The Herald called it a "small step" when the County Commission unanimously approved building the $1.2 billion Port of Miami tunnel this week. MVB sees it as a "giant step" to fleecing the public from traditional "unforeseen rising construction costs" to your run-of-the-mill kickbacks. Even the looming shadow of Boston's notoriously corrupt, over budget "Big Dig" and the county's own track records of the $200 million cost overrun for the Carnival Center and its horrific mismanagement of the staggeringly huge MIA project estimated to be $1 billion over budget couldn't persuade them to think before committing to a project some experts believe will only fail. If only as much thought were put into this by the commissioners as is being put by them into the Island Gardens project on Watson Island-- a private investment delayed numerous times, sometimes over the silliest things like whether or not it will suck up too much water from the mainland (see October 15th posting).
Still, there is a bright side. The county has to come up with their share of public dollars which is an eye-opening, heart-stopping $900 million. The county figures it can dig up $600 million by:
- Using $100 million set aside from a general obligation bond approved by voters in 2004,
- $114 million from local transportation fees (always an ambiguous place to find money),
- $47 million "in the form of right away donated by the port" (whatever that means since the port is owned by the county-- it sounds like a plan to pay for something we already own).
If the City of Miami, one of the poorest cities in the U.S., throws in $50 million, our local contribution will still be $300 million short. Not to worry, the brains behind this cockamamied idea figure they can get that money by:
- Charging tolls to drive into the port,
- Increasing user fees for cargo and cruise ships.
A little research showed that most containers coming into the Port of Miami are delivered only to Dade, Broward, and Palm Beach Counties-- not the rest of the U.S. Although we don't pretend to be economists, we think common sense tells us that those increased tolls and operating fees will be passed on by the shipper to the manufacturer who will pass it to the consumer as more expensive goods. Usually, when something like that happens, the cost of living rises. The cost of living in Dade County alone has created a shortage of workforce housing. If it continues to rise unchecked, where will we find our teachers, tradesmen, cops and firemen, retail and wholesale workers? The only ones who will be able to live here are the lawyers, doctors, bankers, and real estate developers. But how will they continue to function without their paralegals, nurses, secretaries, and real estate agents who can't sell their projects?
Oh, but we digress which is our wont.
Condsidering how much it costs and how much can go wrong with this project-- hell, it's not even above ground for crise sakes and look what happened to those that were-- you'd hope our commissioners would have been more cautious before leaping into the money pit. For instance, as we have been harping on more than once, did anyone consider ramping up use of the rail line to the port? In the middle of the night when downtown Miami is "sleeping"? Wouldn't that relieve pressure on the port?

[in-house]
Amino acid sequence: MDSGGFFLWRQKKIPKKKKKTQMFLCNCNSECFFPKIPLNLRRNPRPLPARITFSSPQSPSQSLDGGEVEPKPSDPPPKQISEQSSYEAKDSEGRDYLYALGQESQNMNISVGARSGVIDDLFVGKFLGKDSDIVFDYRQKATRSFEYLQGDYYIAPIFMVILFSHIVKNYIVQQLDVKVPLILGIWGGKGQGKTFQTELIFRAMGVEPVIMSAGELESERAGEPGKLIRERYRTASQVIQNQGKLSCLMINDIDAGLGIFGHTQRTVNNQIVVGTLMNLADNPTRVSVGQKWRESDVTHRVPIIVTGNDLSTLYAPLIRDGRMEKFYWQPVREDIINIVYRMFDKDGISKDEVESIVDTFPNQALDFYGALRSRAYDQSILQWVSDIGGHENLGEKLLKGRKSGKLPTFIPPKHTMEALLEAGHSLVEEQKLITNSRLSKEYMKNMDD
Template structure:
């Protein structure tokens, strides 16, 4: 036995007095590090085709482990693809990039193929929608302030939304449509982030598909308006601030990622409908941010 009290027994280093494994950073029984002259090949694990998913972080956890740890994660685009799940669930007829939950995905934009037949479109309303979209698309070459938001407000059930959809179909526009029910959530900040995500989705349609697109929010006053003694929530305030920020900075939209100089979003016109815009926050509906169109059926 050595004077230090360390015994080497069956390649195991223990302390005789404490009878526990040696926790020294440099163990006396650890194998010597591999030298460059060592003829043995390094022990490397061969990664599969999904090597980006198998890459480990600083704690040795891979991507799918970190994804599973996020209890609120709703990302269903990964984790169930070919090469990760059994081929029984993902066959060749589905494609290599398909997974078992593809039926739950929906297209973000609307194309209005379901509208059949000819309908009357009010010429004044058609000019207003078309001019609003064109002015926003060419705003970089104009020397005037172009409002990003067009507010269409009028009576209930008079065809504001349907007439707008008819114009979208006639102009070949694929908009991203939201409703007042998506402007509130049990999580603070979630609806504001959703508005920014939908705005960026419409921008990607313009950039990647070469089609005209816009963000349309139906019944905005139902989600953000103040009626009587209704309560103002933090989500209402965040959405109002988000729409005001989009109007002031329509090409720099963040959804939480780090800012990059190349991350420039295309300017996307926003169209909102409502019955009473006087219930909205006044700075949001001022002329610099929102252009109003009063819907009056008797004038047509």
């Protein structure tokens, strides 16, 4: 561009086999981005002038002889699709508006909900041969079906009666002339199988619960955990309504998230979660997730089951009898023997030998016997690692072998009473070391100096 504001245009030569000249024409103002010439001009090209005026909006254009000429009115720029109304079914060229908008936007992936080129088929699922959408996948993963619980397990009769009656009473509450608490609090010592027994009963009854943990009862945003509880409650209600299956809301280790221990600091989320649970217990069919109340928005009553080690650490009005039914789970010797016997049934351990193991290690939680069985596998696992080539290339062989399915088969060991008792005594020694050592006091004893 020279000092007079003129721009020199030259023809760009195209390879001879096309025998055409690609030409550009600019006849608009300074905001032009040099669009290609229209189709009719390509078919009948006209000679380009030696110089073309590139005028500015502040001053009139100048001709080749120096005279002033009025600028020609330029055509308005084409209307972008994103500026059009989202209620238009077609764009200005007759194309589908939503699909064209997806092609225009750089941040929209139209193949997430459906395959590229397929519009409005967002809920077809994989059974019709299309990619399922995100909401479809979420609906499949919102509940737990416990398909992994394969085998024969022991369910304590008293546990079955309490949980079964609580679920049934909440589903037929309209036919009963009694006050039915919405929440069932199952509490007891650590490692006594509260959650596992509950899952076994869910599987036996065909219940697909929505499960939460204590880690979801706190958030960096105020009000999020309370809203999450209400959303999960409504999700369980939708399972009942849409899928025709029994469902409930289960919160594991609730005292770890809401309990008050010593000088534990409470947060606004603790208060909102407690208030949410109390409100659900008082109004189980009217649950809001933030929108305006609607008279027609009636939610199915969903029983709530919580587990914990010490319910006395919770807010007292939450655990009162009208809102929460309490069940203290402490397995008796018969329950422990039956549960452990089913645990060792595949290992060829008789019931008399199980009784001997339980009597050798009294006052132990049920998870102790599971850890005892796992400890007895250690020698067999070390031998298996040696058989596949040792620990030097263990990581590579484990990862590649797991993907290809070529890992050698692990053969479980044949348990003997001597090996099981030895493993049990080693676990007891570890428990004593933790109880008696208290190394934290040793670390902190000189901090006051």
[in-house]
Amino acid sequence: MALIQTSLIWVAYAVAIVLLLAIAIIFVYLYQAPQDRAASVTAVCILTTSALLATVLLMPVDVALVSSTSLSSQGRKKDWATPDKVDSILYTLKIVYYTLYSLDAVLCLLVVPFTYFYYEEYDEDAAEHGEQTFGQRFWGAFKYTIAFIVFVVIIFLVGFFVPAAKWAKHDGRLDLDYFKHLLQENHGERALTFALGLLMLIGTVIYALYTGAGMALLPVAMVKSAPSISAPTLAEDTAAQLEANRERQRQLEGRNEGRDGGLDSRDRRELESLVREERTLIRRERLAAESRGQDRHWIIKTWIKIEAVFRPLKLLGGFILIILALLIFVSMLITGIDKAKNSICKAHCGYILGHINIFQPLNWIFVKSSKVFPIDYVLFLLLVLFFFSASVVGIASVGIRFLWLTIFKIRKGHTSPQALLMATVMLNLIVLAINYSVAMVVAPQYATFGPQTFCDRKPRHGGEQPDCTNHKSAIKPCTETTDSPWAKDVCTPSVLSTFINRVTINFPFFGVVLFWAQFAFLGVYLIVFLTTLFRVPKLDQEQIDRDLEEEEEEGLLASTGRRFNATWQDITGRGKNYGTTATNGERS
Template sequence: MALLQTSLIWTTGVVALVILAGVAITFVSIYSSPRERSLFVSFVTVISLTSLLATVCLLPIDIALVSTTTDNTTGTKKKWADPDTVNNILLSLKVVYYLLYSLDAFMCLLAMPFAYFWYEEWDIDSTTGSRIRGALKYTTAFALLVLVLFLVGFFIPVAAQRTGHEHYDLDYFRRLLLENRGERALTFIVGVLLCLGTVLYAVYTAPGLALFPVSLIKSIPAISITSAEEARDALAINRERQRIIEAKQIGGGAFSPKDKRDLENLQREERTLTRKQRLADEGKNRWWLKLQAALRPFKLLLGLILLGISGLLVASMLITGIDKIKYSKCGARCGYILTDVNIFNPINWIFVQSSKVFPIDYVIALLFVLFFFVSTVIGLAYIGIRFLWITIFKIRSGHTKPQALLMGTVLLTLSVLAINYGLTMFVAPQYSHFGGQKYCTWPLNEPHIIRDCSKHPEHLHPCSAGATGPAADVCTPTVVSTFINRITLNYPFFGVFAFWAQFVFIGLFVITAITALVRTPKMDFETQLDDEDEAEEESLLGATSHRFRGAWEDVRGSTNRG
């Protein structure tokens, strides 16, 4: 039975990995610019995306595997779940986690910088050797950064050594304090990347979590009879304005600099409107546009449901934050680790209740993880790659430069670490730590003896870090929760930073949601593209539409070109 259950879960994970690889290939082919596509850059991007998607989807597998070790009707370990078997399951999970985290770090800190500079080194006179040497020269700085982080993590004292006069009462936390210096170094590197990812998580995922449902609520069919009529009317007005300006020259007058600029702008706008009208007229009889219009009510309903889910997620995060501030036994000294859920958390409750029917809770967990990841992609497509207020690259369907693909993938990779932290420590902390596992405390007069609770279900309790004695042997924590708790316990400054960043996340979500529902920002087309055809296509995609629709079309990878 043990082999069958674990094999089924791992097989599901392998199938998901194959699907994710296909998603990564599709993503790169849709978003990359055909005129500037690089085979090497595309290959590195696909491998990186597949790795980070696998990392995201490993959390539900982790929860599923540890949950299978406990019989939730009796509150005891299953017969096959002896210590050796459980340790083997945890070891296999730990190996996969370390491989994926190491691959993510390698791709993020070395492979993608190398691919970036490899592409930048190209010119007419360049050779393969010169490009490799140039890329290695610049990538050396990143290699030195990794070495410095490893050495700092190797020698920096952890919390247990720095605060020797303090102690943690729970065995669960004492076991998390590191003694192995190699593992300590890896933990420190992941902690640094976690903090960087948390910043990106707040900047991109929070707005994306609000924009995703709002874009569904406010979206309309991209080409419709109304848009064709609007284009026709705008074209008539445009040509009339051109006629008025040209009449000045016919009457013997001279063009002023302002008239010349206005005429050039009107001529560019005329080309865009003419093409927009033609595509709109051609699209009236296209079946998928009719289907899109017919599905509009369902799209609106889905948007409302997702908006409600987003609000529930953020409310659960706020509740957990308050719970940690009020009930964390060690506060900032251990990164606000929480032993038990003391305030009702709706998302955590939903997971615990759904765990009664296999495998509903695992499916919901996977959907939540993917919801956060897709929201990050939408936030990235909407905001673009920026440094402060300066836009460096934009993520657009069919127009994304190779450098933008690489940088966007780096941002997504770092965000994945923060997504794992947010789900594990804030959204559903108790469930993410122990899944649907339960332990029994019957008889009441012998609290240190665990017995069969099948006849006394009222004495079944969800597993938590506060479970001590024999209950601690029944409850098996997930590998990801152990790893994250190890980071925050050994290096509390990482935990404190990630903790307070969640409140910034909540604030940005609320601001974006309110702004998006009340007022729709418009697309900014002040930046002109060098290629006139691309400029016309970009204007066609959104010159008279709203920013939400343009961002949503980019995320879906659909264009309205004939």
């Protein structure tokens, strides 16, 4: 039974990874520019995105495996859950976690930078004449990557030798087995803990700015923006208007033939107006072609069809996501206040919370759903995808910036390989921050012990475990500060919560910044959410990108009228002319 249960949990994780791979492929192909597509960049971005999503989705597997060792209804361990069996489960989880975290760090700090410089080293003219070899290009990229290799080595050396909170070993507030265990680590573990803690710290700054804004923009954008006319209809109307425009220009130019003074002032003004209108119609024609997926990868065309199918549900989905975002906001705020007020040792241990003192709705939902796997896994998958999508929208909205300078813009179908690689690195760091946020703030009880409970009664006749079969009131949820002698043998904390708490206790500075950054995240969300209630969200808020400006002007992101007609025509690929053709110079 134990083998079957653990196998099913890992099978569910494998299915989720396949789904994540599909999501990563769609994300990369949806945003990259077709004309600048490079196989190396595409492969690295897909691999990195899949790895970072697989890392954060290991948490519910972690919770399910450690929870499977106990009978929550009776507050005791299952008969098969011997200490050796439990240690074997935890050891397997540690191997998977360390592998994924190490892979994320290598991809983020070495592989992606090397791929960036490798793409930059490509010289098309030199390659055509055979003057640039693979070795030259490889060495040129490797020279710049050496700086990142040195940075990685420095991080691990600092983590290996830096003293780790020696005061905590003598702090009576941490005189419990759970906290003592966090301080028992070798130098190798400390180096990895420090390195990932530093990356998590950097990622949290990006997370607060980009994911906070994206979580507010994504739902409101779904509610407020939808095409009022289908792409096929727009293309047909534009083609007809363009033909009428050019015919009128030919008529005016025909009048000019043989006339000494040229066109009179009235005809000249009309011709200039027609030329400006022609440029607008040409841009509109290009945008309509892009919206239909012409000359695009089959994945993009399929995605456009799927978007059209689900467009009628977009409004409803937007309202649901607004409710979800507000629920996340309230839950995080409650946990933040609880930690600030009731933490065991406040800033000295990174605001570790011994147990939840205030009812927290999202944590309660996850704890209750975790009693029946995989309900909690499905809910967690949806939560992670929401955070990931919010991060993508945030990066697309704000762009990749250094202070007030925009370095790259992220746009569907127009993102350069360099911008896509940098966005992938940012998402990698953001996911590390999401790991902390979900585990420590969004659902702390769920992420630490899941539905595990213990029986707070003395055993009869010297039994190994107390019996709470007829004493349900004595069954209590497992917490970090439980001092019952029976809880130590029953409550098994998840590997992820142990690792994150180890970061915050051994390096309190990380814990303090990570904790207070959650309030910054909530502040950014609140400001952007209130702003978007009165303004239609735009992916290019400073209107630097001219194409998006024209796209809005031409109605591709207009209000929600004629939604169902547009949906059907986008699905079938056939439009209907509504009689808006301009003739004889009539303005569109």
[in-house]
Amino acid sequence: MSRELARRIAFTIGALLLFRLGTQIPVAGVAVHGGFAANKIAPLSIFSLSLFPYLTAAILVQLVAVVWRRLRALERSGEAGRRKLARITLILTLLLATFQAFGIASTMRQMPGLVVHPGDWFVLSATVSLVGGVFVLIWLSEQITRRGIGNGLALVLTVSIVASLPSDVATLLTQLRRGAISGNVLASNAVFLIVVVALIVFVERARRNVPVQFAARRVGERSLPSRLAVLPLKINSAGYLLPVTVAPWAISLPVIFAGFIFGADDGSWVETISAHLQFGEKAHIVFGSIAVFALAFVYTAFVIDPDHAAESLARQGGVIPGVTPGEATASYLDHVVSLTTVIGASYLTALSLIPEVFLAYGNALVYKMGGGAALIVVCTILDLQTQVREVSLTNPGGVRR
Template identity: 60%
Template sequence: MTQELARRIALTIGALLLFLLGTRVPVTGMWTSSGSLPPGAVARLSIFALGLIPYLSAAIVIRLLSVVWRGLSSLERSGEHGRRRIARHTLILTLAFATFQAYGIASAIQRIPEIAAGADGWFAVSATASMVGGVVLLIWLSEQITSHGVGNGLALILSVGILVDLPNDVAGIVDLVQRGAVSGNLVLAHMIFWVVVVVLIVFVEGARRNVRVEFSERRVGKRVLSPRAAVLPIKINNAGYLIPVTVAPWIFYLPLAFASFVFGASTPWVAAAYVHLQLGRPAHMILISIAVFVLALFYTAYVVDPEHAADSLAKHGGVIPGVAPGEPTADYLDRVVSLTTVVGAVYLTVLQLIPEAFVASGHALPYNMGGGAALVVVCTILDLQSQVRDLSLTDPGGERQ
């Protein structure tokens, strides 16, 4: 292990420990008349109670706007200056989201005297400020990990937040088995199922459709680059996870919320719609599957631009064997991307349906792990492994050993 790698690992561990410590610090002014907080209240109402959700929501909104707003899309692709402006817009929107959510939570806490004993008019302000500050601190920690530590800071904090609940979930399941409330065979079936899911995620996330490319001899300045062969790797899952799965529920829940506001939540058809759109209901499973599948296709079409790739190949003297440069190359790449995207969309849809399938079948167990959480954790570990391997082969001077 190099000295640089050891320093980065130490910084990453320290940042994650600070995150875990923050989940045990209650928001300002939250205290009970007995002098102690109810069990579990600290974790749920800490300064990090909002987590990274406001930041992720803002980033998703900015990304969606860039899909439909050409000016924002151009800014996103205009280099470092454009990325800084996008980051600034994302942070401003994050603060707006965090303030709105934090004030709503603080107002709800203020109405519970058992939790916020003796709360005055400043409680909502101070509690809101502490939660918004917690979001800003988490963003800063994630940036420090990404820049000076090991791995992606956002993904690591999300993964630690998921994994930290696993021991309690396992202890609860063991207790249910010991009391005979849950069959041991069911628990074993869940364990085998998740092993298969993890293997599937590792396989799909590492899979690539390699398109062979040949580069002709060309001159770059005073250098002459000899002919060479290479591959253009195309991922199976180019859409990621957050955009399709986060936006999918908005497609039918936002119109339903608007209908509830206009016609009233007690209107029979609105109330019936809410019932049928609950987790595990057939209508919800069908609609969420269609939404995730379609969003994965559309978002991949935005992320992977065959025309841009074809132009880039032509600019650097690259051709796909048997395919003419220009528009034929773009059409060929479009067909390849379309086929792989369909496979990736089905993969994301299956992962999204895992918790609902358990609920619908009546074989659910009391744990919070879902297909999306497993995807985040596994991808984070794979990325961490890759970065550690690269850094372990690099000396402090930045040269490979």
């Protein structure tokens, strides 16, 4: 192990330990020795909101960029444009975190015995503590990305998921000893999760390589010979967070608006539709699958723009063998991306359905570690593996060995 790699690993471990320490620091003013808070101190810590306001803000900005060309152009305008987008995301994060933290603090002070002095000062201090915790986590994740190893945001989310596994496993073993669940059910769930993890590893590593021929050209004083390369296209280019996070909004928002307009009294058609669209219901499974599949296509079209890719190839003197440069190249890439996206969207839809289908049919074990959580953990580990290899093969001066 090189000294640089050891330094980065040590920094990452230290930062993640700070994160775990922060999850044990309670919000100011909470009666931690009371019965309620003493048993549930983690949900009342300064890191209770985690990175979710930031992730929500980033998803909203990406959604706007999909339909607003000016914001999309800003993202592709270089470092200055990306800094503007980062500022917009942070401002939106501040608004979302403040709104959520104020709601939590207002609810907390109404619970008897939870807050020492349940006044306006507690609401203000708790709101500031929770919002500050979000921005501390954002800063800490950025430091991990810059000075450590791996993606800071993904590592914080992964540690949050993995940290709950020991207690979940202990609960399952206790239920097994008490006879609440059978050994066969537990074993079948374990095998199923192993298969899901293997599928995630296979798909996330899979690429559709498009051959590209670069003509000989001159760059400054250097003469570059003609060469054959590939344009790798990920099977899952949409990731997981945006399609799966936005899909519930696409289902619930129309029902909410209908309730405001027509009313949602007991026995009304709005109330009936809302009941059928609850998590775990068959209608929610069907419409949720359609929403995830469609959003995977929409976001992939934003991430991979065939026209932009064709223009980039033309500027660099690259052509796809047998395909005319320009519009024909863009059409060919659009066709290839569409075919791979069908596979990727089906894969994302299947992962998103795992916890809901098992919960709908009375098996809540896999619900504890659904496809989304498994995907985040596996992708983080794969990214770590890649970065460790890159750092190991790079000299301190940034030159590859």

Despite what some people might think of Johnny Winton, the City of Miami commissioner was against the port tunnel project. We can only hope a majority of Miami commissioners feel as he did. Without their support, the port tunnel will only remain an underground pipe dream.
Because the stink is so staggering regarding the county commission's vote on the port tunnel, the traditional MVB Poopy Head hat just won't do in conveying our overwhelming disappointment. We asked our publisher, Verticus Erectus, to break down and actually draw something like a political cartoon instead of ripping off pictures from the Internet to Photoshop-illustrate previous postings. So, in homage to the work of Don Wright, the great political cartoonist of the Miami News whom Mr. Erectus has sorely missed since 1988 when the paper went under,* we offer up our first real political cartoon albeit with some Mr. E's Photoshop B.S.
* Why the Miami Herald didn't grab Wright when they had a chance will always be a puzzlement-- like the time they yanked the comic strip "Arnold," the junior high school kid with the really big nose. Wright had already won a Pulitzer for the News, the rival hometown paper just down the road. He was and is clearly the most influential political cartoonist of his generation. Both missteps will forever be the Herald's loss.
UpDate (12/13/08): Christmas comes early with the announcement that the tunnel project succumbs to a well-deserved death when the state and Bouygues Travaux Publics can't agree on terms. Hurray!